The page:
We have been collecting Burkholderia species bacteria from patients with cystic fibrosis (CF) for the last 30 years. During this time, our understanding of their multispecies taxonomy and infection control has evolved substantially. To evaluate the long-term (30 year) epidemiology and clinical outcome of Burkholderia infection in CF, and fully define the risks associated with infection by each species. Isolates from Burkholderia-positive patients (n=107) were speciated and typed annually for each infected patient. Microbiological and clinical data were evaluated by thorough review of patient charts, and statistical analyses performed to define significant epidemiological factors. Before 1995, the majority of new Burkholderia infections were caused by epidemic clones of Burkholderia cenocepacia. After implementation of new infection control measures in 1995, Burkholderia multivorans became the most prevalent species. Survival analysis showed that patients with CF infected with B. cenocepacia had a significantly worse outcome than those with B. multivorans, and a novel finding was that, after Burkholderia infection, the prognosis for females was significantly worse than for males. B. multivorans and B. cenocepacia have been the predominant Burkholderia species infecting people with CF in Vancouver. The implementation of infection control measures were successful in preventing new acquisition of epidemic strains of B. cenocepacia, leaving nonclonal B. multivorans as the most prevalent species. Historically, survival after infection with B. cenocepacia has been significantly worse than B. multivorans infection, and, of new significance, we show that females tend toward worse clinical outcomes.

  3. Complete Genome Sequence of a Burkholderia mallei Isolate Originating from a Glanderous Horse from the Kingdom of Bahrain

    OpenAIRE

    Elschner, Mandy C; Thomas, Prasad; Melzer, Falk

    2016-01-01

    Burkholderia mallei is a zoonotic agent causing glanders, a notifiable disease in equines. During the past decades glanders emerged, and the Kingdom of Bahrain reported outbreaks to the World Organization of Animal Health in 2010 and 2011. This paper presents the complete genome sequence of the Burkholderia mallei strain 11RR2811 Bahrain1.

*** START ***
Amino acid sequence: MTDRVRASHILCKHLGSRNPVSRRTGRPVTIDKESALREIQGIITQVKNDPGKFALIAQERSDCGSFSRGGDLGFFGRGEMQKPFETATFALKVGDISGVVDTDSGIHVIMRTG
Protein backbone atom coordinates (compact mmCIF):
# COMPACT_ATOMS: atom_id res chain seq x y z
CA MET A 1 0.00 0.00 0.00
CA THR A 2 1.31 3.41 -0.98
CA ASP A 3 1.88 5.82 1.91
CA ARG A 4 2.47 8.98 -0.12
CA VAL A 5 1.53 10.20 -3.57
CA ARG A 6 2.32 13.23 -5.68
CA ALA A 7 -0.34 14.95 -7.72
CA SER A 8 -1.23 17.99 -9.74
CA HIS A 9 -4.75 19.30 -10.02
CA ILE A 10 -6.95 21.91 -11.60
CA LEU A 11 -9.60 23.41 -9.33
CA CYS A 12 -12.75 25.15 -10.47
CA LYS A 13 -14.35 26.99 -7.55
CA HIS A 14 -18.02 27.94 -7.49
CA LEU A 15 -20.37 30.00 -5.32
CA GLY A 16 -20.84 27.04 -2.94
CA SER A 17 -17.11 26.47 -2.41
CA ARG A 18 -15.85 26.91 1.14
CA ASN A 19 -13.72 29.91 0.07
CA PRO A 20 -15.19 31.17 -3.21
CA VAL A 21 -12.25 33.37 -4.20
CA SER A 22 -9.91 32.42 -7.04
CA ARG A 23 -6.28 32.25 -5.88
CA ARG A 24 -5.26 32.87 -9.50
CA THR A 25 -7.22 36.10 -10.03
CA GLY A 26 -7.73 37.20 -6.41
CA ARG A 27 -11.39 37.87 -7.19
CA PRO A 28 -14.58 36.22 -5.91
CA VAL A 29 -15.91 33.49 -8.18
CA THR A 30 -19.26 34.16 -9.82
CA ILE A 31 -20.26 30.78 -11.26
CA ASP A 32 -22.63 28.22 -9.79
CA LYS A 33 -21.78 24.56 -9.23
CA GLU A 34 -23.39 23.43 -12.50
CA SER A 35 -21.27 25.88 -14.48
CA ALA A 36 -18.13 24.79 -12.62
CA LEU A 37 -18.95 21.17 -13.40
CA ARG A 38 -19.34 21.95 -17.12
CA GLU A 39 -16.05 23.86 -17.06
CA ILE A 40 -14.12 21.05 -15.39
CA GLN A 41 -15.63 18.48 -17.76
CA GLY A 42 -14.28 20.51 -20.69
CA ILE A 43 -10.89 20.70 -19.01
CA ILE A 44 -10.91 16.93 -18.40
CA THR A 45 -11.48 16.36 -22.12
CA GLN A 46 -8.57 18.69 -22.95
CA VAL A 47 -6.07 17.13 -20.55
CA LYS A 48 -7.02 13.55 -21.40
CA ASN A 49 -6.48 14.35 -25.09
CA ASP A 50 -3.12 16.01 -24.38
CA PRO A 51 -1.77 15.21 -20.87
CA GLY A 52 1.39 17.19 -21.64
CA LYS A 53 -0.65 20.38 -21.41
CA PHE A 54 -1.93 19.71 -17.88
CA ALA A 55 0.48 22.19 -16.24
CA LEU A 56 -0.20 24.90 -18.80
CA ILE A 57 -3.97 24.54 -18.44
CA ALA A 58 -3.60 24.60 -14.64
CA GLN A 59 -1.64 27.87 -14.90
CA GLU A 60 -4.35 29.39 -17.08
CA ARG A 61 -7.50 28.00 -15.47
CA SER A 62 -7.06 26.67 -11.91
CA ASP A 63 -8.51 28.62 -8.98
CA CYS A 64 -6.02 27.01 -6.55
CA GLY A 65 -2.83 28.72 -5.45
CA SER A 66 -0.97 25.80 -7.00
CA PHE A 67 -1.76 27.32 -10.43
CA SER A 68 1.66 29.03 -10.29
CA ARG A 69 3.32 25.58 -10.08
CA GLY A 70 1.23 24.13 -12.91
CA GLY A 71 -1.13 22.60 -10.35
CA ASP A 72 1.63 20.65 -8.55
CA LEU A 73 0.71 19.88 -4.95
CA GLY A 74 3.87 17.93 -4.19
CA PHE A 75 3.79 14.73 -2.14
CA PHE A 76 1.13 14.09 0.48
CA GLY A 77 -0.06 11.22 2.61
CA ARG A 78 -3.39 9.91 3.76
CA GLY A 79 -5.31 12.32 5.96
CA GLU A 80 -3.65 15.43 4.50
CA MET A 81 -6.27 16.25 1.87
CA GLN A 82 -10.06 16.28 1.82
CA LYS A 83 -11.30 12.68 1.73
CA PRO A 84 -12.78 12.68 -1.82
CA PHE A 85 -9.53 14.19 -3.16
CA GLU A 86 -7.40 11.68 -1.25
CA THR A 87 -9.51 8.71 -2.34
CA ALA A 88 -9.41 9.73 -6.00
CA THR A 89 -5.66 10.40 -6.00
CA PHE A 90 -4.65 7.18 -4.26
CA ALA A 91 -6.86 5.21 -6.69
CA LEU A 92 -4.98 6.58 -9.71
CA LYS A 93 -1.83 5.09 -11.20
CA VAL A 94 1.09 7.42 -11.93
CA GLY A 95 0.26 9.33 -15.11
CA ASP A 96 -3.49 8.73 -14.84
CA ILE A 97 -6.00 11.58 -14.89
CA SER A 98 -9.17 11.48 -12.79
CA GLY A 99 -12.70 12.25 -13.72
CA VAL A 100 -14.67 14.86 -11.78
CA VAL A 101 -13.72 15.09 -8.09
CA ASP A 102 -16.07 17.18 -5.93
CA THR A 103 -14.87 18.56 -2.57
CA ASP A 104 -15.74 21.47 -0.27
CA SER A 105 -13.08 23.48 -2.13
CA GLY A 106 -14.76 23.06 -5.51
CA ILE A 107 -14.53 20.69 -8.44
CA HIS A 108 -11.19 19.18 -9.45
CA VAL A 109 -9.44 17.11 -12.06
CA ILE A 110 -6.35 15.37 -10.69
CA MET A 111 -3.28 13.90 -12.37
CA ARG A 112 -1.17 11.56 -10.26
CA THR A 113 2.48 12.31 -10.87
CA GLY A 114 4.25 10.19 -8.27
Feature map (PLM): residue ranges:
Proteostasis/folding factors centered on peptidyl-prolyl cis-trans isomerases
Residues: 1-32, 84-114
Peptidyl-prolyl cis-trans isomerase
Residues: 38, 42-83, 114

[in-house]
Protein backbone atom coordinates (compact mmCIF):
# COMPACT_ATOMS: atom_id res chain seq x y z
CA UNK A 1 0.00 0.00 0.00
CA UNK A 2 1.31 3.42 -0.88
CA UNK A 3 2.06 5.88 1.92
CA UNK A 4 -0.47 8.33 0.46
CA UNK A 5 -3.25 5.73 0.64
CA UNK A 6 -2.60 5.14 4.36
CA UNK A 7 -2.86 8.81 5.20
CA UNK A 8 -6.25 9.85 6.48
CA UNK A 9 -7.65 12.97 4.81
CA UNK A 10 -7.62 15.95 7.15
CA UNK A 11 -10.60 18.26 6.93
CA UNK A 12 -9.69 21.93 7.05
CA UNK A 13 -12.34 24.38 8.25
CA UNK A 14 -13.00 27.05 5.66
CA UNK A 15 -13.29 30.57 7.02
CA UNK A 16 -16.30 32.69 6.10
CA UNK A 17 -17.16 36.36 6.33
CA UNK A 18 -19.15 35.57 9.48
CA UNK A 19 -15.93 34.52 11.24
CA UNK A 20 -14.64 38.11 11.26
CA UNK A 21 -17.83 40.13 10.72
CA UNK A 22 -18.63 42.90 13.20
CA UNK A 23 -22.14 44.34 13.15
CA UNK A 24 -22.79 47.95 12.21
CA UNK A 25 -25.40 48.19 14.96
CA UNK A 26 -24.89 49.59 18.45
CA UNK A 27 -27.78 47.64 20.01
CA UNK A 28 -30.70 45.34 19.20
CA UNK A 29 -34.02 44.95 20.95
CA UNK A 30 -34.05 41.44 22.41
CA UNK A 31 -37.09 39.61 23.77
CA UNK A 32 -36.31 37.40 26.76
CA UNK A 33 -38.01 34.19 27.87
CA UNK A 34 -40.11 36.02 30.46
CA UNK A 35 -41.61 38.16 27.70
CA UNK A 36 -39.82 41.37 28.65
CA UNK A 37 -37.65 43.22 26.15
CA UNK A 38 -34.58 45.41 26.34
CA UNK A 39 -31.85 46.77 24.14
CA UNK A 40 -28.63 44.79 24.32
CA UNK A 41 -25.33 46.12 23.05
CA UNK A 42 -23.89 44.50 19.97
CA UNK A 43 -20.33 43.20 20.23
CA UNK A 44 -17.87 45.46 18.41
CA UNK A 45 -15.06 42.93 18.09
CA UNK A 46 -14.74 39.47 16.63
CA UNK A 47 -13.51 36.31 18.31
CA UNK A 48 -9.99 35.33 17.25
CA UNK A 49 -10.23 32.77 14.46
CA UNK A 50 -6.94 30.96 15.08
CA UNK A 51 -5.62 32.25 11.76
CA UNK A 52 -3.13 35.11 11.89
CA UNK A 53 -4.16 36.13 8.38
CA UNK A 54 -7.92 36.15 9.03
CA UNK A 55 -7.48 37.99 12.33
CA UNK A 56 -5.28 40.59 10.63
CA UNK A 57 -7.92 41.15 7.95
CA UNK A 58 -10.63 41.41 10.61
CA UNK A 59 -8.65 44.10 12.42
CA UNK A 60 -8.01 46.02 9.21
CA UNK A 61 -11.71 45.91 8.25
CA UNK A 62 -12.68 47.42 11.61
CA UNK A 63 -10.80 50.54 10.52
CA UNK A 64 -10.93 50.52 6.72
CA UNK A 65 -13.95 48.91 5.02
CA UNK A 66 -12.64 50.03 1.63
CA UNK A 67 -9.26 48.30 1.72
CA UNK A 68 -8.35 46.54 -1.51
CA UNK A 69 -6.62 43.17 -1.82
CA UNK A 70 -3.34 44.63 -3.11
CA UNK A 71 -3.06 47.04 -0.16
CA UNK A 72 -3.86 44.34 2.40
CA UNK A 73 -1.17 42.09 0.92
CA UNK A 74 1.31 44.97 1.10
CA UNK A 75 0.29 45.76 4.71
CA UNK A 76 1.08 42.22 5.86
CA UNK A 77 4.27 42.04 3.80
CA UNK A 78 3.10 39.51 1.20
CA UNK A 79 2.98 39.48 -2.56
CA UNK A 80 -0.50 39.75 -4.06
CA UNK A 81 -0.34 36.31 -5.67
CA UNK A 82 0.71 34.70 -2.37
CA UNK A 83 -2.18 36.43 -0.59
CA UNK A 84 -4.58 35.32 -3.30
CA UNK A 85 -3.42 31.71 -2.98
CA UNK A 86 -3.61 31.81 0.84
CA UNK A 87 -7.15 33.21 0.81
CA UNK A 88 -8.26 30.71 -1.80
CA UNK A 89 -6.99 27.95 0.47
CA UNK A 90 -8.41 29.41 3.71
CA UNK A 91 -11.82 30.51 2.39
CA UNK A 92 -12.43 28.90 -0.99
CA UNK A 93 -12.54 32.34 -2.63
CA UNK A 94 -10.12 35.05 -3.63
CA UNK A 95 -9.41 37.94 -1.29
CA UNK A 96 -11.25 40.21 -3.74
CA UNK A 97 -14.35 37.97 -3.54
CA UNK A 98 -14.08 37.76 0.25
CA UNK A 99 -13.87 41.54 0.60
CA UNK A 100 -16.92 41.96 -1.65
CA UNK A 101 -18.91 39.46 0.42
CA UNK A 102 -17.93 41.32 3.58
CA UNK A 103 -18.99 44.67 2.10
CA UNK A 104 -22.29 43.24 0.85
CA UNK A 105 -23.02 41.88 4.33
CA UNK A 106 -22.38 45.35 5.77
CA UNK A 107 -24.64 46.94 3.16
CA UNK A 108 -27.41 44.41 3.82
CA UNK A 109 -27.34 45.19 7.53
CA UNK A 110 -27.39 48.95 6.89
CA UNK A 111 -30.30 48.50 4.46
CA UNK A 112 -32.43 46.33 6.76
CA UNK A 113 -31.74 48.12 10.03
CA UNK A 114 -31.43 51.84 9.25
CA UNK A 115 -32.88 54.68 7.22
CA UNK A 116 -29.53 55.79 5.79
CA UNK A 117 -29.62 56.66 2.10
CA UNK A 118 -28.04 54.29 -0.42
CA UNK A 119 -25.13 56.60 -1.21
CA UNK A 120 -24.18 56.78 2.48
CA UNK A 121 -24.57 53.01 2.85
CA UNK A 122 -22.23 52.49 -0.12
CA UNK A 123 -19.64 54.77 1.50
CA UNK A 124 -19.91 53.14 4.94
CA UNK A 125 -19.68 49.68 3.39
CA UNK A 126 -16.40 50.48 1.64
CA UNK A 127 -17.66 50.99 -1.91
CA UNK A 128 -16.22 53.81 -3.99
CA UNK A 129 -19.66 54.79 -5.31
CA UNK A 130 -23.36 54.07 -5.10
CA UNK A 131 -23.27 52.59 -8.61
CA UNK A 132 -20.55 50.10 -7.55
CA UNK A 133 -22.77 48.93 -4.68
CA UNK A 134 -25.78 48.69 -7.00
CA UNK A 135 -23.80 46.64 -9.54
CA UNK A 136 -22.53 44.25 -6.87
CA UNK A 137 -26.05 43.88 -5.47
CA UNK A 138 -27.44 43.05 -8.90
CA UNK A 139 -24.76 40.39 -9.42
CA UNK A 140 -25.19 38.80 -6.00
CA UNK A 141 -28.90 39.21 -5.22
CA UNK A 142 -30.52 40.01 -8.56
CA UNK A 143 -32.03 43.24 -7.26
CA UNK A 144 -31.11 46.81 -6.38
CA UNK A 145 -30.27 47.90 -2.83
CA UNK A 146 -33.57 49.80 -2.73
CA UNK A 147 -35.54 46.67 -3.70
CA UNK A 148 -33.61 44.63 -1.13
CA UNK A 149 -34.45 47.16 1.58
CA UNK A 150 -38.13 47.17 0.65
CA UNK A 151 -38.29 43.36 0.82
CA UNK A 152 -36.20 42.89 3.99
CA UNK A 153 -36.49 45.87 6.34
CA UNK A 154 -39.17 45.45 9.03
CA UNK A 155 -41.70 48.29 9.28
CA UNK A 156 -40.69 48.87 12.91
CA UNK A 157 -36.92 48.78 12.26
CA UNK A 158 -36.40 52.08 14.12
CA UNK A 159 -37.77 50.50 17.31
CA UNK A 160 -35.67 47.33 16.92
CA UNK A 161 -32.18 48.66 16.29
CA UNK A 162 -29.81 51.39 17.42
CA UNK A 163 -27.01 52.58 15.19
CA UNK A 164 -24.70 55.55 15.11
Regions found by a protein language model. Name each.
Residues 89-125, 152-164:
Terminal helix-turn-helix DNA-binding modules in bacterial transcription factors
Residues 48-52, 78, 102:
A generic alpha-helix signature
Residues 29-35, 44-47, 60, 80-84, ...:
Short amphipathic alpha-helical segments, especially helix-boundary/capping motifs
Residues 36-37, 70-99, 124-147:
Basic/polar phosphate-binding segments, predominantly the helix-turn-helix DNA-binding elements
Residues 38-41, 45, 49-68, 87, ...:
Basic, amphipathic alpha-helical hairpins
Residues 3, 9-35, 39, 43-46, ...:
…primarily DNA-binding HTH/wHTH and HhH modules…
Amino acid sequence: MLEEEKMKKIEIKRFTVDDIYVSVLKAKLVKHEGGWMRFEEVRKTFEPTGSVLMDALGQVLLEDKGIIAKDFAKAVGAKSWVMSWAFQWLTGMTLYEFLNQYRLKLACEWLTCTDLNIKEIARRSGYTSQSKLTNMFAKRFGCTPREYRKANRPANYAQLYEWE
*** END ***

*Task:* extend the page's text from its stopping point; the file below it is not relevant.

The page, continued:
4. Complete Genome Sequence of a Burkholderia mallei Isolate Originating from a Glanderous Horse from the Kingdom of Bahrain.

    Science.gov (United States)

    Elschner, Mandy C; Thomas, Prasad; Melzer, Falk

    2016-12-01

    Burkholderia mallei is a zoonotic agent causing glanders, a notifiable disease in equines. During the past decades glanders emerged, and the Kingdom of Bahrain reported outbreaks to the World Organization of Animal Health in 2010 and 2011. This paper presents the complete genome sequence of the Burkholderia mallei strain 11RR2811 Bahrain1. Copyright © 2016 Elschner et al.

  5. Unusual distribution of Burkholderia cepacia complex species in Danish cystic fibrosis clinics may stem from restricted transmission between patients

    DEFF Research Database (Denmark)

    Nørskov-Lauritsen, Niels; Johansen, Helle Krogh; Fenger, Mette G

    2010-01-01

    Forty-four of 48 Burkholderia cepacia complex strains cultured from Danish cystic fibrosis patients were Burkholderia multivorans, a distribution of species that has not been reported before. Although cases of cross infections were demonstrated, no major epidemic clone was found. The species...